Early proposals have been shared for two new solar projects that cross the Lincolnshire and Nottinghamshire county border. Both projects would generate clean, renewable energy through solar panels, which would then be connected to the National Grid at the existing Cottam and West Burton power stations.
The two projects – Cottam Solar Project and West Burton Solar Project – are named after their grid connection points.
The now-decommissioned Cottam Power Station closed in 2019, while the coal powered West Burton A Power Station is due to close next year. Their decommissioning represents part of the country’s commitment to phase out all coal-generated power by 2024.
The proposals are being brought forwards by Cottam Solar Project Limited and West Burton Solar Project Limited, both of which are being developed by Island Green Power.
Island Green Power was established in 2013 and has delivered 14 solar projects across the UK and Republic of Ireland to date, in addition to projects in Australia and Spain.
Dave Elvin, from Island Green Power, said:
‘We are really excited to share our emerging proposals for these projects. Together, they have the potential to generate enough clean energy to power 324,000 homes using the existing grid transmission system that was originally built for the coal-fired power stations at Cottam and West Burton. Repowering coal generation sites with clean solar energy will support the UK’s commitments to reducing carbon emissions with affordable electricity. The projects will also be contributing towards energy resilience and reducing our reliance on increasingly expensive electricity and gas imports from Europe.
Our team has undertaken an extensive process of site selection to identify appropriate sites in the area through agreement with relevant landowners. They have considered a wide range of factors, including environmental and heritage designations and visual impact. We believe the use of several separate land parcels reduces the impact on the local area in comparison to fewer larger sites.
We recognise the need to deliver these projects sensitively. We want to talk with local communities to understand their views and listen to their ideas. This will help us to develop our proposals more thoroughly. We frequently make changes that improve our projects based on public feedback. Our project websites and contact channels are now live, and we will be looking to launch our first phase of community consultation soon. I would encourage anyone with an interest in these projects to get in touch and take part in our upcoming consultation.”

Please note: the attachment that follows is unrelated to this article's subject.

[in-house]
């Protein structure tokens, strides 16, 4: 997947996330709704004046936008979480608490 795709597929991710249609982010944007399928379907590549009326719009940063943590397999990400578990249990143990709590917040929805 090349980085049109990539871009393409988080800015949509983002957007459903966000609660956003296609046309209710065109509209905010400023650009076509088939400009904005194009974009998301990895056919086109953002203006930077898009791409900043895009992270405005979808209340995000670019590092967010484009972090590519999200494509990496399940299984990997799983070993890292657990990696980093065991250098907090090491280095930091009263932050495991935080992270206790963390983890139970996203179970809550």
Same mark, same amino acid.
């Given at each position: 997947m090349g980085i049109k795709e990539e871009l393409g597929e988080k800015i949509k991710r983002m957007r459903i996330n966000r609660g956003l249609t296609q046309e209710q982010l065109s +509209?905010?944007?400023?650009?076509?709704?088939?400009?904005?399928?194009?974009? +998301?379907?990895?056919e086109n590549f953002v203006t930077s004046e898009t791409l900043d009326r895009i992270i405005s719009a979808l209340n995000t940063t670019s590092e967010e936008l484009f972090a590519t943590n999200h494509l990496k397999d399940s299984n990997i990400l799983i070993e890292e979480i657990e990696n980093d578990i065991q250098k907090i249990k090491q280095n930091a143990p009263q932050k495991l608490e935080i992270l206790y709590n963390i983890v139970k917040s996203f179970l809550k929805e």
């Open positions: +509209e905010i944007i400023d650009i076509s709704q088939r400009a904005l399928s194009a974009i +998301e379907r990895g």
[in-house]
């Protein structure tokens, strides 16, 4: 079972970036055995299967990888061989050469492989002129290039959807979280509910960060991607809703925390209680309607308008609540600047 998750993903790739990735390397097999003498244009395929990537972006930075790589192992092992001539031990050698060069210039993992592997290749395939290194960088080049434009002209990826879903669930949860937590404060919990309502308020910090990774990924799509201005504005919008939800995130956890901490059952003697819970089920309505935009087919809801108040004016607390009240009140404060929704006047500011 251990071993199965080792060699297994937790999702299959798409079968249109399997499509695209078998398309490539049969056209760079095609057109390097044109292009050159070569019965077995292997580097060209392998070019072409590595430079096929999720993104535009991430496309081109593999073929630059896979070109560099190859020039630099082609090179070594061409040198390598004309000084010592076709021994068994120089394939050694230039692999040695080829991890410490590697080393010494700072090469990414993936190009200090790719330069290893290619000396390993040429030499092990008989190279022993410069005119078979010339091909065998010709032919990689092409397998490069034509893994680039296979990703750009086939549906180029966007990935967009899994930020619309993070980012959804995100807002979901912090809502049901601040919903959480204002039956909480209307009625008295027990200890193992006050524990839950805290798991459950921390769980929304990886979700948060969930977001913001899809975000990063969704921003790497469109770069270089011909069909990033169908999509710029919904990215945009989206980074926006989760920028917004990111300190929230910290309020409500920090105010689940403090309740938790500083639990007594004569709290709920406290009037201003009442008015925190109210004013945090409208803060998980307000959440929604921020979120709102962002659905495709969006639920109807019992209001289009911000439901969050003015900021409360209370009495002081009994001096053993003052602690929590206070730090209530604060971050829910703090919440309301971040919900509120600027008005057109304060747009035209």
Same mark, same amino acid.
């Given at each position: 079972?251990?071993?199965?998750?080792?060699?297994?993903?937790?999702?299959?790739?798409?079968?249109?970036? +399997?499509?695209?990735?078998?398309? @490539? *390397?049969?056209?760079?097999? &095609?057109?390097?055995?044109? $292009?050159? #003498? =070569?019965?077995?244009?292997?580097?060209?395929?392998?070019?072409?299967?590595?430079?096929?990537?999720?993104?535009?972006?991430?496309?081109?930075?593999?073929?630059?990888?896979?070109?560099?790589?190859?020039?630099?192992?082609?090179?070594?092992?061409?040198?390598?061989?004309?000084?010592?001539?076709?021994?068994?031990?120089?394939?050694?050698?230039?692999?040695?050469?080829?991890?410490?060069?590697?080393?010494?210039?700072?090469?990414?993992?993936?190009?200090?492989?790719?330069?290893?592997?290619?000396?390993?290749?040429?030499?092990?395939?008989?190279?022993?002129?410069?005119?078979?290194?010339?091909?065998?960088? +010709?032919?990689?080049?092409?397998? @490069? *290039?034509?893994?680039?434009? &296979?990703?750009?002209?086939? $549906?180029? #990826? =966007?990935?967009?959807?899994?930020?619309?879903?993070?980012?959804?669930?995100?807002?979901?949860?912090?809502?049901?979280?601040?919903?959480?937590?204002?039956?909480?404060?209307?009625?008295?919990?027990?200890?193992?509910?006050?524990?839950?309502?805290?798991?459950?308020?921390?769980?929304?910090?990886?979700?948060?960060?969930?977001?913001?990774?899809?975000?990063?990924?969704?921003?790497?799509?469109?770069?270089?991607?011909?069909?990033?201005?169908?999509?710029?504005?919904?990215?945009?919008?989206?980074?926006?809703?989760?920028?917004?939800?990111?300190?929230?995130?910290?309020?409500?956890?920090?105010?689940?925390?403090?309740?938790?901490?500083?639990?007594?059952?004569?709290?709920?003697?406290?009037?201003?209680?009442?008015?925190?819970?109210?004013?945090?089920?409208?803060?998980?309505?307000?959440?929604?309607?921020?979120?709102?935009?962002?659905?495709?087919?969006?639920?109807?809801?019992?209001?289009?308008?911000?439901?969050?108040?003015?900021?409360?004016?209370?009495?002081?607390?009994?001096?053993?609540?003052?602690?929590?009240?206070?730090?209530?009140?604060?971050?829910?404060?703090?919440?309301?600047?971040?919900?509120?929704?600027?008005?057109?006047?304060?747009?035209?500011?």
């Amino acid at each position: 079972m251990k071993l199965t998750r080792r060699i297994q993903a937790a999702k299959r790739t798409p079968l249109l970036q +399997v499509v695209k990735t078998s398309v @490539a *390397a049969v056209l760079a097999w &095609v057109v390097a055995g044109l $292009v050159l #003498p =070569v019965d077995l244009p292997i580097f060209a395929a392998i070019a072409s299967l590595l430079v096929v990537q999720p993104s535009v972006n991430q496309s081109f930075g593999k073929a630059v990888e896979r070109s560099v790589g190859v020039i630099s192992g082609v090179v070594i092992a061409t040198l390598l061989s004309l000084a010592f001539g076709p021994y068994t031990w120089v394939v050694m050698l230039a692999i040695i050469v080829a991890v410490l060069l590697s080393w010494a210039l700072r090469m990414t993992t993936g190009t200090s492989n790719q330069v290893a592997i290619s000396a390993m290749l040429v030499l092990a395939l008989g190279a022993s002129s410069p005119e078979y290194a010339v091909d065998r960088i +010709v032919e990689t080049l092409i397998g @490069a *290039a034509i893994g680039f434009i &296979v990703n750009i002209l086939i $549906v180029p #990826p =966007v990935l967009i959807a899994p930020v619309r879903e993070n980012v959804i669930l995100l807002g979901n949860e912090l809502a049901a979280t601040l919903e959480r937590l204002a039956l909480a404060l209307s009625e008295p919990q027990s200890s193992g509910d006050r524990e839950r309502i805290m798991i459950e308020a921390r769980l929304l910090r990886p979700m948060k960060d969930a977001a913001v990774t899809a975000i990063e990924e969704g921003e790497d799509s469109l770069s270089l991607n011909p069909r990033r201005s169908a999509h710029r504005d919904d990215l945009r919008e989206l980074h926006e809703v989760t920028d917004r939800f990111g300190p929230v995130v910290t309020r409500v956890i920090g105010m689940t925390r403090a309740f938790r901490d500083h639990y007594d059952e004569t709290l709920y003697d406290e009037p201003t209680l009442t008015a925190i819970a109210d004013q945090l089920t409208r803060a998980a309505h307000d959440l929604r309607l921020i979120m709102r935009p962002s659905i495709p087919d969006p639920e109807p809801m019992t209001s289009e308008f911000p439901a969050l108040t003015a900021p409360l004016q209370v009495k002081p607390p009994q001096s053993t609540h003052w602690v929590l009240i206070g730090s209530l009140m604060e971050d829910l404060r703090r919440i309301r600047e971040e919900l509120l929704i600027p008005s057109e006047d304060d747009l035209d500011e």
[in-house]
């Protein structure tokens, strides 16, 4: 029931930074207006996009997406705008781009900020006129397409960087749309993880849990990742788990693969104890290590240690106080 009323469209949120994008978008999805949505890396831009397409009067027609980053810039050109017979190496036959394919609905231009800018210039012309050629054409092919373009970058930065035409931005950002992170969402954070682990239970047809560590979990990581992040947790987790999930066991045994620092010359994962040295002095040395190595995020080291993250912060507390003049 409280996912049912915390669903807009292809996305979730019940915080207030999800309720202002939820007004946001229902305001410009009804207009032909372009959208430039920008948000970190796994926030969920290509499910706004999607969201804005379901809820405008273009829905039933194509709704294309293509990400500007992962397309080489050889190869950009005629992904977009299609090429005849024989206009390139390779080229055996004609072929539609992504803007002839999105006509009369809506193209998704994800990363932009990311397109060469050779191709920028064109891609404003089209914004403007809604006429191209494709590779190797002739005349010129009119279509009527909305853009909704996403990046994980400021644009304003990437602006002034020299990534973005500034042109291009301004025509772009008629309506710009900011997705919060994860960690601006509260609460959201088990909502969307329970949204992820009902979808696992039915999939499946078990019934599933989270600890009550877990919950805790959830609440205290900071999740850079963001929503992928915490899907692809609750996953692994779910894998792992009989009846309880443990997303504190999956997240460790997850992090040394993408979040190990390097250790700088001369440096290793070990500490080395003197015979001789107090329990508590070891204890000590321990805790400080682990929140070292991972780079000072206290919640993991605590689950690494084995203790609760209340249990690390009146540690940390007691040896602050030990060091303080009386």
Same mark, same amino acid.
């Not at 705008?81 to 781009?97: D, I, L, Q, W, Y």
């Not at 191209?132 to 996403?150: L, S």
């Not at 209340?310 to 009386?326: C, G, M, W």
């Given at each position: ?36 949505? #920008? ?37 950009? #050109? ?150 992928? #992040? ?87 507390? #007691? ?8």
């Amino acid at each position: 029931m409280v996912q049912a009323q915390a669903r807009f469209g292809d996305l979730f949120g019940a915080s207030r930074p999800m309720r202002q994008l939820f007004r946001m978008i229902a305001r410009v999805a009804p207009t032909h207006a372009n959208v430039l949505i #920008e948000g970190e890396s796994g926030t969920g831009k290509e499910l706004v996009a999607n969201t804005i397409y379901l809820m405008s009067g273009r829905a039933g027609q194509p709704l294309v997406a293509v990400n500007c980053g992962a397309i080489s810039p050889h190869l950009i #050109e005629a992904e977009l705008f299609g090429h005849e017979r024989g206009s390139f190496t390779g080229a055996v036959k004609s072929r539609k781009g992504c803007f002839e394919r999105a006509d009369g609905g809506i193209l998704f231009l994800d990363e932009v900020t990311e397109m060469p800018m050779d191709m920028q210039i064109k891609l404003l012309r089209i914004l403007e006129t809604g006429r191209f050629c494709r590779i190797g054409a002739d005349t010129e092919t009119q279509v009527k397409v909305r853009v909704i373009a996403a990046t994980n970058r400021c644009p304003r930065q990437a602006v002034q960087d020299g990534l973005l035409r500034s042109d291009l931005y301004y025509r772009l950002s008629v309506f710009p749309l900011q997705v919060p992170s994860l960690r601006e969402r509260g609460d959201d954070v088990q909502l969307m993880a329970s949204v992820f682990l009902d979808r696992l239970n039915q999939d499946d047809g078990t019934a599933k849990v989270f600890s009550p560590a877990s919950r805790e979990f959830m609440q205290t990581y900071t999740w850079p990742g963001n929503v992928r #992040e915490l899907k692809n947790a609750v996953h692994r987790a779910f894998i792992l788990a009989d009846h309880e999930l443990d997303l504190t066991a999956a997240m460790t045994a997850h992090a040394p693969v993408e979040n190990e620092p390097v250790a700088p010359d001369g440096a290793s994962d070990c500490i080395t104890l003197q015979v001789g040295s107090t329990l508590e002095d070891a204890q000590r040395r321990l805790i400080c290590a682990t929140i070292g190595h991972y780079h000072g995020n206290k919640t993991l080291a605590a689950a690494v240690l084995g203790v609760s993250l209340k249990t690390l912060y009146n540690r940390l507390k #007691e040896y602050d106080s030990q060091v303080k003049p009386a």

The Cottam Solar Project would generate up to 600 MW of renewable energy and involves a series of three areas of land in the West Lindsey District, in the vicinity of Coates, Corringham, and Blyton.
The West Burton Solar Project would generate up to 480 MW of renewable energy and involves a series of four areas of land. Three of these areas of land are in the West Lindsey District, in the vicinity of Broxholme, Ingleby and Brampton. The fourth area of land is in the Bassetlaw District, in the vicinity of Clayworth and Gringley on the Hill.
These areas of land would be connected by underground cable. The projects also include energy storage facilities, making energy available for when it is needed most.
Given the amount of renewable energy these projects would generate, they will be classified as Nationally Significant Infrastructure Projects (NSIPs). This means that, to gain permission to build them, Development Consent Order (DCO) applications will be submitted to the Planning Inspectorate (PINS) after extensive consultation with stakeholders including local communities and District and County Councils. The Secretary of State for Business, Energy and Industrial Strategy (BEIS) will determine whether to grant consent for the proposals.
A dedicated website has been launched for each project, where more information is available (www.cottamsolar.co.uk and www.westburtonsolar.co.uk). These websites will be updated as the proposals develop.
The team developing the proposals are preparing to launch a first phase of public consultation shortly, to give local communities and stakeholders the opportunity to input into the project development process. This will be followed by further environmental assessment and design work ahead of a second phase of consultation on more detailed proposals next year, before submitting the DCO applications.
If consented, it is anticipated that construction on the projects could start from 2024 onwards.